His third act

After successful careers in politics and business, David Rubenstein's newest venture is charitable giving

June 13, 2010|By Mary Carole McCauley, The Baltimore Sun

By his own calculations, David Rubenstein, the Baltimore-born businessman and philanthropist, has just a couple of short decades left to make his mark on the planet.

"I'm 60 now," Rubenstein says." "I'm running out of time. The average white man my age can expect to live to age 81, and before I die, I'd like to make an impact on the world. I'd like to have been truly transformative in at least one area."

The sense of urgency is striking, if somewhat puzzling.

Rubenstein is the son of a postal carrier and homemaker who grew up in a blue-collar enclave in Northwest Baltimore. He has, by most yardsticks, achieved on a grand scale. Just three years out of law school, he was helping to crafting domestic policy for the nation. Ten years after that, he co-founded a company that in short order made him a billionaire.

Now — and with the trademark intensity that made him a success in other spheres — Rubenstein is turning his focus toward philanthropy.

In the past month alone, Rubenstein became chairman of the Kennedy Center for the Performing Arts and donated $5 million to the National Book Festival.

Between 2007 and 2008, he purchased three rare historic documents — the jewel of which is the last remaining Magna Carta copy in private hands, which he bought for $21.3 million — and either gave or loaned them all to federal agencies.

Most people would be satisfied with what Rubenstein has accomplished in just one of his spheres, but he remains restless.

"I'm Jewish," he says. "I can never be completely happy."

It's hard to tell whether or not he's joking.

The obvious question about Rubenstein isn't why he hasn't done more but how he manages to fit it all in. A large stone outside Rubenstein's summer home in Nantucket displays these painted words: "I'd rather be working — David."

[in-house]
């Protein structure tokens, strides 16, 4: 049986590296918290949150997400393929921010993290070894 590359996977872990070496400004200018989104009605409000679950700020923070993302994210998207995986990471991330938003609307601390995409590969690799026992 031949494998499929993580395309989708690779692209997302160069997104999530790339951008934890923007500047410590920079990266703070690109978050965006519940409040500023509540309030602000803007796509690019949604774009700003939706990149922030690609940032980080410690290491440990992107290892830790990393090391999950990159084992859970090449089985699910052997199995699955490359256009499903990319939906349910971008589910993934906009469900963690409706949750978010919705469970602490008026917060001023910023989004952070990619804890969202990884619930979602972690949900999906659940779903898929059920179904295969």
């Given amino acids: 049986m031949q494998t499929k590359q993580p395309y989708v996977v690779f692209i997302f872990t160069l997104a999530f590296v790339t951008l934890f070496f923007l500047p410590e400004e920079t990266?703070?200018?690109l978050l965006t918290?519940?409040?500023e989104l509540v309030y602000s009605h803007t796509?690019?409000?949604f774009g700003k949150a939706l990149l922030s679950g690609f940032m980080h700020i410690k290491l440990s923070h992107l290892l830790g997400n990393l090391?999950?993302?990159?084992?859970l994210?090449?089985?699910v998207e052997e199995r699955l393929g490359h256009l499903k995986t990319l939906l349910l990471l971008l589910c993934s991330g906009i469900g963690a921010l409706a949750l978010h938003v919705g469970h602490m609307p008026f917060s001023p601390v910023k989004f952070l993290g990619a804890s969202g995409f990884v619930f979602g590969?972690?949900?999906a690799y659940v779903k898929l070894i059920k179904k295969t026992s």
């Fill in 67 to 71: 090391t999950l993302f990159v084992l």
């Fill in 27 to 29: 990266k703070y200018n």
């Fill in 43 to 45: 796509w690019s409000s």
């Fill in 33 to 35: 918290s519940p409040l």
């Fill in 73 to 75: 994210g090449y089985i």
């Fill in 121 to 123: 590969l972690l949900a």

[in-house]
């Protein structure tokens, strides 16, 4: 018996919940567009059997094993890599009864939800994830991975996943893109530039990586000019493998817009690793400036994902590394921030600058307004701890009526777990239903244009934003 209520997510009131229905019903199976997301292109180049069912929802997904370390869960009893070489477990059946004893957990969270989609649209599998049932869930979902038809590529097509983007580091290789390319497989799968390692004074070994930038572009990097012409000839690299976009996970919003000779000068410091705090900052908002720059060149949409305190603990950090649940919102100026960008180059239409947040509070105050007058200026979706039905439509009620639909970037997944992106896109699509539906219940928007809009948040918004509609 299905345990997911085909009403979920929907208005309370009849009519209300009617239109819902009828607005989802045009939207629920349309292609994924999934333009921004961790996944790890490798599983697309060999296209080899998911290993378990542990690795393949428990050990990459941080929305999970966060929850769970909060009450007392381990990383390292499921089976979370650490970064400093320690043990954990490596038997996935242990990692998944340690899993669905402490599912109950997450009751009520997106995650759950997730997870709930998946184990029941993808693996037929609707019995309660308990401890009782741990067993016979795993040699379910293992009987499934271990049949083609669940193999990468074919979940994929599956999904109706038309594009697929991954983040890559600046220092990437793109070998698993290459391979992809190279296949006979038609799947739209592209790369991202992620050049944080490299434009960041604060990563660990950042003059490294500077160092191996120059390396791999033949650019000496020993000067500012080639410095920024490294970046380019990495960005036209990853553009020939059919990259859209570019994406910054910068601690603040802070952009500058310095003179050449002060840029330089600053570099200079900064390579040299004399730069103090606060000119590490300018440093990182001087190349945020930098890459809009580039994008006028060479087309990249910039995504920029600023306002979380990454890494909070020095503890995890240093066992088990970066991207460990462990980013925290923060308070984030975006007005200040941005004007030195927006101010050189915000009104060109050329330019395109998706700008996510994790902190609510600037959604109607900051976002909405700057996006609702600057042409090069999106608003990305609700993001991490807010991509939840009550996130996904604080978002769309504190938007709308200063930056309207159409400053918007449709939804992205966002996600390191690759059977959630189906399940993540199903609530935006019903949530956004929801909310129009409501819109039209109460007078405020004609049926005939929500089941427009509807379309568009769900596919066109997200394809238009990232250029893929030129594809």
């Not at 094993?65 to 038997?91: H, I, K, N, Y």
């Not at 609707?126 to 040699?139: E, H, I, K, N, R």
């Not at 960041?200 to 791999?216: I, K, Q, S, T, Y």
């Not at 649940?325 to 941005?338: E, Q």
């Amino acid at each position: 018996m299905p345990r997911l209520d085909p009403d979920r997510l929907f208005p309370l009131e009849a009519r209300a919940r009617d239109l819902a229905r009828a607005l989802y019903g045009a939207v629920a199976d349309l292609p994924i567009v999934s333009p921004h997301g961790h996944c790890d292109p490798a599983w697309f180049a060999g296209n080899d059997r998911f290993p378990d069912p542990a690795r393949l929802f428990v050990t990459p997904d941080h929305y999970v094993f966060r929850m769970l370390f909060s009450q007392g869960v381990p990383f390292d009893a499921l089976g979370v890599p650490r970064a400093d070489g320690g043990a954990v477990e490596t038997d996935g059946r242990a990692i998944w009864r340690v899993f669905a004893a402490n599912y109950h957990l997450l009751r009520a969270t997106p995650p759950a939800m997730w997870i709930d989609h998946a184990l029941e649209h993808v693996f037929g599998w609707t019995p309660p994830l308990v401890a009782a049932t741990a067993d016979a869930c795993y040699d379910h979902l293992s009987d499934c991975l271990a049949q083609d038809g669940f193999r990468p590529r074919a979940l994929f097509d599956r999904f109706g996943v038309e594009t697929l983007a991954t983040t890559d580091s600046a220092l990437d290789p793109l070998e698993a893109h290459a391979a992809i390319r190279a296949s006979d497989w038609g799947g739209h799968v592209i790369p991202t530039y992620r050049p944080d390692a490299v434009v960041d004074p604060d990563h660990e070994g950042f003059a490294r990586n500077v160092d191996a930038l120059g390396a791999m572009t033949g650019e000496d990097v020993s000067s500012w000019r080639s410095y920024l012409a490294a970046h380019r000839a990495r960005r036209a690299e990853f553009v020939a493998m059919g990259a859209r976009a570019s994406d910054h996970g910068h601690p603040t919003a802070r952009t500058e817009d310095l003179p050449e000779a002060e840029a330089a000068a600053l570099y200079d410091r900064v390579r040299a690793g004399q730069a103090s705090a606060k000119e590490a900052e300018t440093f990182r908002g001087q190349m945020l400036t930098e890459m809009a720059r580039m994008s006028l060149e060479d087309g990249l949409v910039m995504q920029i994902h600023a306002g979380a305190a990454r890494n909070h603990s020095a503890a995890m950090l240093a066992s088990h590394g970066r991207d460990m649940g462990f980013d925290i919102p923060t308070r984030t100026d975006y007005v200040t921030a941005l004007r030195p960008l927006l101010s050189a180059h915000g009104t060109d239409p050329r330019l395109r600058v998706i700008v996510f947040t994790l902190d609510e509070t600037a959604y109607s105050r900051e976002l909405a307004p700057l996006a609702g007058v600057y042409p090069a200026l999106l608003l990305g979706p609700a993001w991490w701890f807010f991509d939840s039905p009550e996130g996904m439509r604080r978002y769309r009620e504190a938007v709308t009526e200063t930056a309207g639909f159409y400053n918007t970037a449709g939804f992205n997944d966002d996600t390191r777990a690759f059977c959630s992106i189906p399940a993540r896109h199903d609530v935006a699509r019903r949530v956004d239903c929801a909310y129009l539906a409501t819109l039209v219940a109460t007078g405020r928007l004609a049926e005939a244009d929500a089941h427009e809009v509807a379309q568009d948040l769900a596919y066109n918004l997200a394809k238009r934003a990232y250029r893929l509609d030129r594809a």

He sits on the boards of directors of about 30 nonprofit organizations, a staggering number for a man who is not only running a private equity firm with $90 billion in assets, but who also has a family life. (He has been married for 27 years and is the father of three grown children.)

But Michael Kaiser, the Kennedy Center president, says that Rubenstein is no mere figurehead. He is, in fact, amazingly ubiquitous.

"David never makes a commitment he's not going to keep," Kaiser says.

"He never misses a board meeting or a committee meeting, and he attends most performances. That would be sort of astonishing even if he weren't working with all those other organizations. If I send him an e-mail, and within five minutes, I'll get a response."

Add to this Rubenstein's reading habits — he consumes eight newspapers a day and six books a week — and it's tempting to speculate that he must have come up with a supernatural means of stretching time.

His associates attribute his productivity to his extraodinary focus and discipline. Conversations with Rubenstein seem to take less time than do conversations with other people. His mind moves so quickly that his discussion partner can skip the boring background explanations and cut to the chase.

Reynold Levy, president of the Lincoln Center for the Performing Arts, observes wryly:

"I've actually heard David say, 'Good morning,' but he's not a guy for idle chatter. Once you know David, you can have a three-minute conversation with him and reach a decision, whereas with someone else the same conversation might take 30 minutes."

(Rubenstein is vice chairman of the Lincoln Center board of directors, but he says he plans to surrender that post soon to avoid a potential conflict of interest.)

It's easy enough to document Rubenstein's ferocious work ethic, but much more difficult to pinpoint its source.

"From early on, I've been pretty driven," he says with characteristic understatement.

His determined pursuit of knowledge began when he was 6 years old and made weekly visits to the Enoch Pratt Free Library with his mother.

"At that time, you had to be in the first grade to get a library card," he says, "and then you were allowed to check out up to 12 books each week. I'd check out all 12, finish them up, go back and check out 12 more."

Rubenstein takes pains not to describe his childhood as disadvantaged, and instead points to adversity's potential for building character. But he concedes:

"I come from a modest background, and I knew that if I wanted to get anywhere in life, I'd have to do it on my own."

He selected his college (Duke University, Class of 1970) and law school (University of Chicago, Class of 1973) on the basis of which institutions offered the most generous scholarships.

Rubenstein always has enjoyed the company of very bright people, whom he finds energizing. He's drawn to society's movers and shakers because they achieve results. And at a very early age — 11, to be precise — he responded to then-President John F. Kennedy's inaugural call to citizens to dedicate themselves to the national good.

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